Journaling Thoughts (Part I) by @wondershins

Field Notes: Journaling (Part I)

As mentioned in my last post, First Things First, I took on bullet journaling as a way to prioritize and organize. A way to nudge little bits and pieces together in hopes of building Wondershins as a business.

I want to share my results with you weekly, so that you can have a better peek into my creative processes. My blog hasn’t seen as much use as I would have liked last year, so another one of my goals this year is to blog more and consistently.

Now the thing is I want this bullet journal to be my ONE notebook. I have a huge problem with collecting a whole bunch of notebooks, writing in them for a few pages, and then forgetting about them. That’s because I always think that a particular notebook would hold this kind of writing or information, or that specific journal would be dedicated to ideas only. It was a mess, really, and I never got into the habit of journaling.

The reason why I want to journal more is because I have so many ideas jumping around in my head, I want to release them onto paper before I develop them further when I have time. A lot of my ideas come as random thoughts or even pictures, so I want to be able to use this notebook to write, doodle, and organize my tasks. That’s why I’m calling this more of an art / bullet journal.

I began my journaling several days before the start of January, so it has been a little more than a week since I ventured off on this new medium. Here are my findings for the week:

IT IS SO AWESOME!

I am having so much fun journaling right now, I cannot believe I did not start this earlier! One of the important things I was trying to do was not focus on perfection and to dive right in. That’s the point of the Index – to have a reference point and keep track of all the pages, so it doesn’t matter if all the calendars are in the same section or not. I started doodling basic, simple layouts, not worrying about perfection, and it is so relaxing. Who would have thought that drawing grids and lines with ink could be so enjoyable and calming?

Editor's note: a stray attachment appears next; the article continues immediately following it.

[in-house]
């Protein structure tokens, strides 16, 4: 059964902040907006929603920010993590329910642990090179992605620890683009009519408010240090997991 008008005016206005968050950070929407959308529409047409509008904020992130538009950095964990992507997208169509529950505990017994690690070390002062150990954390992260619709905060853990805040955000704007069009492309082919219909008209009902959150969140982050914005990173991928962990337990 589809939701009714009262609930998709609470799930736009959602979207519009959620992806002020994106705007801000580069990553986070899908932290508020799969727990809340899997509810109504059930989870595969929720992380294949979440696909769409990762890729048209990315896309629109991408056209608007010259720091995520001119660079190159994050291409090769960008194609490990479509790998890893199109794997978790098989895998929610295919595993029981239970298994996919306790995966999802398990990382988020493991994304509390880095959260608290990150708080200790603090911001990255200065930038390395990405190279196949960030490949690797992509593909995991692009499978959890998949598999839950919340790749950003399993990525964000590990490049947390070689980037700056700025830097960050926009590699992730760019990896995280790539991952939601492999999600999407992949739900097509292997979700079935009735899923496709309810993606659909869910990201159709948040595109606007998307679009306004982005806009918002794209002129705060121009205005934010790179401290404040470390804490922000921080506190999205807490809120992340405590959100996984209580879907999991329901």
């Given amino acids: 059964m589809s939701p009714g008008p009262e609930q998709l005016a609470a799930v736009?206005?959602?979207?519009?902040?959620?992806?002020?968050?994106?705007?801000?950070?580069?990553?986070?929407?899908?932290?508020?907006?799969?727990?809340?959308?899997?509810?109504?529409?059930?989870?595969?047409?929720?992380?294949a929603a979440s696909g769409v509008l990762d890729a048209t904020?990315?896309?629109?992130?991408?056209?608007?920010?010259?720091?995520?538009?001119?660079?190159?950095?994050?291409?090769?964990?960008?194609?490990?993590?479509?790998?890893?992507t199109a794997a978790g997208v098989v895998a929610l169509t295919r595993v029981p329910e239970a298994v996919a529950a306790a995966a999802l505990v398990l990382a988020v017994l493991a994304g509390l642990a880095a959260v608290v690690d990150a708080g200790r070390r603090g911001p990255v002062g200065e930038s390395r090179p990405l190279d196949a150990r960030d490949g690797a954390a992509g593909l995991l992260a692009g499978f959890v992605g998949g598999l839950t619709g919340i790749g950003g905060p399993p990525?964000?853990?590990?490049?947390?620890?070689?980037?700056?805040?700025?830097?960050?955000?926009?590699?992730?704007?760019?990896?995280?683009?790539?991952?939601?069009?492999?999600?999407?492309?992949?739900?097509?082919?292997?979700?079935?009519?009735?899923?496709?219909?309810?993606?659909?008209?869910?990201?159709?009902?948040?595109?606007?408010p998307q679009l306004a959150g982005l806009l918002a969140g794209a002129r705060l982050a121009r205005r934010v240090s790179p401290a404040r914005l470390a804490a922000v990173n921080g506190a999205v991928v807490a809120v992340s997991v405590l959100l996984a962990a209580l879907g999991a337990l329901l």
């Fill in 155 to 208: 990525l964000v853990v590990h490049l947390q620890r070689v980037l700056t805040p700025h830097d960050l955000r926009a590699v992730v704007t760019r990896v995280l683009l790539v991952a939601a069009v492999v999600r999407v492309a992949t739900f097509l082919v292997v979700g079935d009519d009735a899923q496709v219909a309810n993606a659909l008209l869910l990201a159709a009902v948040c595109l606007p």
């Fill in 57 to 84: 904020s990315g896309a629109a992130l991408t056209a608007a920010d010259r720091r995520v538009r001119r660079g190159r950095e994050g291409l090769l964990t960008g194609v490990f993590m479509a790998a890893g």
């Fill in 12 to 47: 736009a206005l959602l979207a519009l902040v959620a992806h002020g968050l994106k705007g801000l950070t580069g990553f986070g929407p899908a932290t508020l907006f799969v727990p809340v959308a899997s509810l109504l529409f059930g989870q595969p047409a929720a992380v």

Another great thing about this is that you can always pick up wherever you left off. Draw a calendar layout one day, then add some doodles the next day. You can keep building upon something, which is what I am striving for – a journal so packed with illustrations and words, there is barely any negative space to fall into.

Journaling allows me to be creative for short bursts of time without the need to do a finished piece of artwork. In other words, the pressure’s off. I recently received a bit of amazing advice from Richelle of Red Scorpio – she said that whenever she doesn’t have much time to be creative, doodling her To Do List works just as well. And I must say, she is so right. You can be creative while being organized!

MATERIALS MATTER

My sister had bought me a beautiful, black Moleskine (I believe it is the large Volant edition with blank pages) a couple years ago as a birthday present, and it was perfect for my journaling needs.

PROS: The size is big enough to accommodate different doodles but also small enough to fit in my cardigan pocket. The cover is flexible and just a pleasure to carry around, and it opens pretty flat as well. There is a pocket in the back to tuck in any stray papers and treasures. The off-white color of the pages is also very easy on the eyes.

CONS: The paper is a lot thinner than I would have liked. The shadows of my ink markings can be seen on the other side of the page. I use Uni and Micron pens, and they don’t normally go through pages, but they do show through on this Moleskine. That’s not a big issue if you can still read what you have written clearly.

So keep in mind when choosing your notebook what media you plan to use, and make sure the paper fits that media. I am considering trying out watercolor paper next; if you have any notebook recommendations, please let me know in the comments!